Chris visited today, Sunday 15th June, and I thought it would be a nice brotherly thing to do, to go out collecting elderflowers together. He was having none of it, though, and was quite happy to spend his time here drinking coffee and eating bratwurst instead. He had a point. After yesterday's summer sunshine, today was overcast and rainy. My shoes and jeans were sodden by the time I had finished picking. I couldn't have left this wine any later, though. The elderflowers in Stonegate Fields, which are usually late to flower, were on the verge of going over. I tried to avoid the flower-heads which had a creamy brown tinge and concentrated instead on those that were a greeny-yellow. Even with this tactic, I came away with too many flowers. I needed a pint and probably picked a pint and a half. The additional ended up on the compost heap.

Stripping the flowers took less than an hour and I got rid of as many bugs as I found (which was lots). I put the flowers in the bucket with 2½ lbs sugar, 1 litre of white grape juice, 6 pints of unboiled tap water, a teaspoon each of tannin and pectolase, and a B1 vitamin tablet and a camden tablet, both crushed.


I put the yeast and a teaspoon of nutrient in on Monday morning, stirred it twice a day and then put the liquid into its demijohn Friday early evening, 20th June. The last stage took about five minutes, if you ignore all the sterilising malarky. The wine is a yellowy biege.

If you want to see how this wine turned out, click here.

Saturday, 21 June 2014

Blackberry Wine - First Bottle (B), 10th-13th June 2014

This bottle was chosen in spectacular fashion by St Ithamar, whose feast day it was on Tuesday. If I were superstitious or religious, I would say it was a miracle. Within ten minutes of me opening a nasty bottle of wine to celebrate St Ithamar, this one shot its cork and spewed wine all over.

We have drunk this bottle slowly, and tonight had a glass in the garden, inspecting our rose (which is fabulous) and gooseberries (less so). Summer evenings are fabulous and too few. Too many 'fabulouses' there. Why do I get stuck on words? Clumsy.

Our Roses (plus a foxglove)

Thursday, 19 June 2014

Gooseberry & Elderflower Wine - Sixth Bottle (A4), 10th-13th June 2014

It was the Feast Day of St Ithamar on Tuesday. I cooked a spicy tomato and cod dish by way of veneration and opened a bottle of Gooseberry & Elderflower wine. Admittedly, this is a long way from one of my best wines. It is on the 'just drinkable' spectrum, and not a wise choice for a wine to pay homage to a saint. Within five minutes of me opening it, a bottle of blackberry exploded. The cork shot into the air and wine volcanoed out. Obviously Ithamar was displeased, and pointedly chose something rather better and more fitting to his celebration. We still had an open bottle of gooseberry & elderflower, however, and have drunk it slowly throughout the week. Its musty taste seems to have lessened as the wine has aged.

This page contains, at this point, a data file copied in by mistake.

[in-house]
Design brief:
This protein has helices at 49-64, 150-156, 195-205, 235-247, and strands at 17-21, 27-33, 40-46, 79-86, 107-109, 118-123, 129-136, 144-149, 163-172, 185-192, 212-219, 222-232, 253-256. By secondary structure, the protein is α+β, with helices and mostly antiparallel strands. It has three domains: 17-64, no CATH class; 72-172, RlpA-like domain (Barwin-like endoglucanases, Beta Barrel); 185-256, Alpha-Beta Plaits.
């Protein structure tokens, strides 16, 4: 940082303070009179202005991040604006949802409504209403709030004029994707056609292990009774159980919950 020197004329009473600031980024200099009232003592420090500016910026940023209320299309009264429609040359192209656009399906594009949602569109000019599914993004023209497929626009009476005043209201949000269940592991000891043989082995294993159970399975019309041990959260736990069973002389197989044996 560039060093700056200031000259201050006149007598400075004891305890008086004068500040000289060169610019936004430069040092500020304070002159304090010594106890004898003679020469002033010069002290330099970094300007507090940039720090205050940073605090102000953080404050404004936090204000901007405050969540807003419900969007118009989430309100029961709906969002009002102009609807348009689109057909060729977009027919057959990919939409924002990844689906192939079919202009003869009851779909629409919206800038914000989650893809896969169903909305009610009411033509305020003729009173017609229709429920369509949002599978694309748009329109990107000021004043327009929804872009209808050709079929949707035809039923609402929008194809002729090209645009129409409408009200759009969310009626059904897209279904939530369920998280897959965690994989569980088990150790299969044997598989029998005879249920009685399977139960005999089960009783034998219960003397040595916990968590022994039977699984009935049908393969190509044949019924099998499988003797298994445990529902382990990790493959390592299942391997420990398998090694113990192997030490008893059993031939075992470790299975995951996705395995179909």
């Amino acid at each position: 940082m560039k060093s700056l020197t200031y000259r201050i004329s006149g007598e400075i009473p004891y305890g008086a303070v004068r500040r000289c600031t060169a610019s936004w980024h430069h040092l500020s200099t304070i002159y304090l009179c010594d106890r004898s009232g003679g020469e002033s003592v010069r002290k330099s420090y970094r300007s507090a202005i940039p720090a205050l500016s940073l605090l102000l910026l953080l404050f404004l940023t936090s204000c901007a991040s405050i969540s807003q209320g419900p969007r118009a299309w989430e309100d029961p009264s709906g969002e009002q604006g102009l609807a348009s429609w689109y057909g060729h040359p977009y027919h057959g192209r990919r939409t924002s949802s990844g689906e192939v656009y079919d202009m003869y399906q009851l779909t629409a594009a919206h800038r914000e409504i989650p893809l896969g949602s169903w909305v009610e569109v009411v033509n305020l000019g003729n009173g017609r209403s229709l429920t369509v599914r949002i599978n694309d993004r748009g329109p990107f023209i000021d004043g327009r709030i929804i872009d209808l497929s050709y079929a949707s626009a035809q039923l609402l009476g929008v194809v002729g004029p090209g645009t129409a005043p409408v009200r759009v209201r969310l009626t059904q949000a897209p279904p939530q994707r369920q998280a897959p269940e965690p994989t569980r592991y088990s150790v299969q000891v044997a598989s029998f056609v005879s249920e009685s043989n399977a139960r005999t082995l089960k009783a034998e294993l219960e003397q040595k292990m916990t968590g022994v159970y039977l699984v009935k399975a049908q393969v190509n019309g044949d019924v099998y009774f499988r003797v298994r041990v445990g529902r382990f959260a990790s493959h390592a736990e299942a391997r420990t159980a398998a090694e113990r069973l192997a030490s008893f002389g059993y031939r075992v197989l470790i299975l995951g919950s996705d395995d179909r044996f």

A Window at Rochester Cathedral
Recipe for the Spicy Cod and Tomato Dish

1 onion - chopped fine
1 clove garlic - crushed
1 chilli, taking out as many seeds as you want, chopped fine
a few strands of saffron
4 large tomatoes chopped roughly
1 cod fillet
half a teaspoon of sugar
a teaspoon of vinegar (flavoured with herbs if possible)
salt and pepper to taste

Method

Fry the onion, garlic and chilli in olive oil until soft
Add the tomatoes
Soak the saffron in a little boiling water for about five minutes, and throw it in
Once the tomatoes have disintegrated a little, add the cod in flaked pieces
Keep cooking for probably until the fish is done (maybe 20 minutes)
Add the sugar, vinegar, salt and pepper
Serve on cous-cous flavoured with salted lemons or artichoke hearts or whatever you want, really.



Tuesday, 17 June 2014

Blackberry Wine - Sixteenth Bottle (D6), 8th June 2014

York Unitarian Chapel
Less popular than Celery Wine. Surely some mistake?

I took this bottle to York on strict instruction from my mother. It was her turn to take a sermon at the Unitarian Chapel and the title was 'Water into Wine'. This bottle was an example of a good wine and was a counterbalance to Celery. Except it all went a bit wrong. People enthused about the Celery and on the whole were silent about this. It was a bit dry and maybe too thin. Best laid plans and all that.
York Unitarian Chapel - Interior

Sunday, 15 June 2014

Celery Wine - Fourth Bottle (4), 8th June 2014

It has been an odd weekend, starting on Friday with Julia's funeral; a colourful, emotional affair complete with brightly decoraterd cardboard coffin and Faure's Requiem. Then today I heard my mother give a sermon at York Unitarian Chapel about choice, temperance and creativity. She illustrated this with reading from my book and afterwards there was wine tasting in the vestry (or the Unitarian equivalent). One of my two wines was Celery - it was an example of creativity gone wrong and an opportunity to get rid of a bottle. However, I actually thought this Quite Good and several people said they preferred it to the blackberry, with its sweeter, sharper taste. As I say, it has been an odd weekend.

In the Unitarian Vestry

Saturday, 14 June 2014

Rhubarb & Elderflower - First Bottle (2), 7th June 2014

Well, I am very pleased with this. My last batch of rhubarb & elderflower was good. This is better. This pink is more pronounced, the taste is sweeter. The only aspect which does not measure up is the clarity, which is slightly cloudy. I can live with that. This wine, properly chilled, slips down very nicely indeed. I brought it to York with me where tomorrow Mom is giving a sermon at the Unitarian Chapel, and that will involve some of my wine. Not as any sort of sacrament, I trust. Tonight, though, involved Scrabble. Best word? Darling